At 58, Almond looks well in the London sunlight, but he struggles with his health. He hasn’t drunk or smoked for 20 years, but he has a liver disease. In 2004 he had a serious motorbike accident that left him in a coma for weeks with multiple breaks, blood clots and head injuries.

“When I was in hospital, I didn’t think for a moment that I wouldn’t get out of there. I would have gone on stage in a wheelchair . . . but I had terrible PTSD and here I was doing TV interviews long before I should have been.”

Recovery was slow, and he still has memory problems, which has caused problems for live performance. He credits singer Antony Hegarty for getting him back on stage, and Jools Holland – whom he regularly tours with – for getting him back on the road.

In the past decade Almond hasn’t been afraid to reinvent himself. In 2012 he took on the role of Roman philosopher Seneca in a musical adaptation of Monteverdi’s Poppea, in Paris. The following year he performed a one-hour operatic song cycle, Ten Plagues, about the great plague of London, written specifically for him by playwright Mark Ravenhill and Irish composer Conor Mitchell. He worked with Tony Visconti (producer of everyone from T Rex to Morrissey) on The Dancing Marquis, and the pair recently toured Bowie’s The Man Who Sold the World in its entirety.

“The last 10, 15 years of my career have been the most interesting creatively for me. I’m currently working on a project based on Against Nature by Joris-Karl Huysmans. It’s the book in The Picture of Dorian Gray that Lord Henry Wotton gives to Dorian and it corrupts him. We’ve done the libretto, and there’s a recording and a theatre piece planned.”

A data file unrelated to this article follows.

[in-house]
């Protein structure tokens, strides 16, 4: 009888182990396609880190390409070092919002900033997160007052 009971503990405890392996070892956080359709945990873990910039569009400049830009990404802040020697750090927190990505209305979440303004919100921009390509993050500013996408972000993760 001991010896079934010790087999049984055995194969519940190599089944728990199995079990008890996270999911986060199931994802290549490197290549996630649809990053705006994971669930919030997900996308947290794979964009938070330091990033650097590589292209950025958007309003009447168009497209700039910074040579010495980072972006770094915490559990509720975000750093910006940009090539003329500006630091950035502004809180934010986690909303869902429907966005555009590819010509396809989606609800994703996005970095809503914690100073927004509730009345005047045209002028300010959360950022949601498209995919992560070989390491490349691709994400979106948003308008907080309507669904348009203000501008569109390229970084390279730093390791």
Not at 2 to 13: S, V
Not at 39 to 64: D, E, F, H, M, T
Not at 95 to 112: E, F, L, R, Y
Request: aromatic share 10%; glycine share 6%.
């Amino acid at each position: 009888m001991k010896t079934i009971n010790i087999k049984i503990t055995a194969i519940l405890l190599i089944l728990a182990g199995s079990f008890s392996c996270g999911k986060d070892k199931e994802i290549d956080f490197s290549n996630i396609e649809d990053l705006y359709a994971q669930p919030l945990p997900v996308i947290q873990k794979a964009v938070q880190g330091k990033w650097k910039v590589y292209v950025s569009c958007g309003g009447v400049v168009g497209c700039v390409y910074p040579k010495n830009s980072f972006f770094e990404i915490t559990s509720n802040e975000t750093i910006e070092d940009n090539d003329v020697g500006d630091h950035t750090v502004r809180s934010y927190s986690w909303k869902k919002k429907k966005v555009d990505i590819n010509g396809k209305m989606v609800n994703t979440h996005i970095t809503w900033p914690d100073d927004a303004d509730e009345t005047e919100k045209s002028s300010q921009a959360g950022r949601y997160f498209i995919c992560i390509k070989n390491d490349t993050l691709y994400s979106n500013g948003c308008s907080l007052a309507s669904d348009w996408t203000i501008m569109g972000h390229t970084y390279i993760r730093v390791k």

Other people’s songs

From Tainted Love to Jack y and Something’s Gotten Hold of My Heart, Almond is well known for reimagining songs written by others, but he has consistently written his own work. Does he prefer to sing other people’s songs?

“It’s up and down, but I probably do. There’s too much baggage in my own songs sometimes. I never felt confident in myself as a songwriter. I like to write, though, and there have been lyrics and poems, but I can’t concentrate on things for very long because of my memory,”

Tainted Life, his autobiography, was published in 1999. He plans to write another one. “A lot has happened, not just the accident, but I want to give that book a ‘re-rinse’. As you get older, you see things with different eyes. I hated myself for falling into the trap of score settling.”

Despite health issues, Almond remains productive. Last year’s The Dancing Marquis, a homage to glam rock, featured a collaboration with Jarvis Cocker. The Tyburn Tree, a collaboration with saxophonist John Harle, was also released in 2014, as was a studio version of Ten Plagues. For his forthcoming National Concert Hall show, he plans to play some hits, including “one unmentionable one”, but will also perform tracks from The Dancing Marquis and 2015’s The Velvet Trail.

“I’ve thought about giving it all up many times but retirement is a dirty word. I think I’d like to be in a film, maybe a small part or a song, playing a decrepit cabaret singer in a broken-down club,” he says, laughing. “Maybe something like that.”

  • Marc Almond plays the National Concert Hall on Saturday, August 1st. nch.ie

 

SOFTLY, SOFTLY: THREE CLASSIC TRACKS

Bedsitter: A classic paean to one-room living and student life in a seedy world.

Something’s Gotten Hold of My Heart: A lovelorn duet with US singer Gene Pitney that got to No 1 in the UK charts.

Jacky: Almond is a brilliant interpreter of chanson singers, and this Jacques Brel number was a Top 20 hit.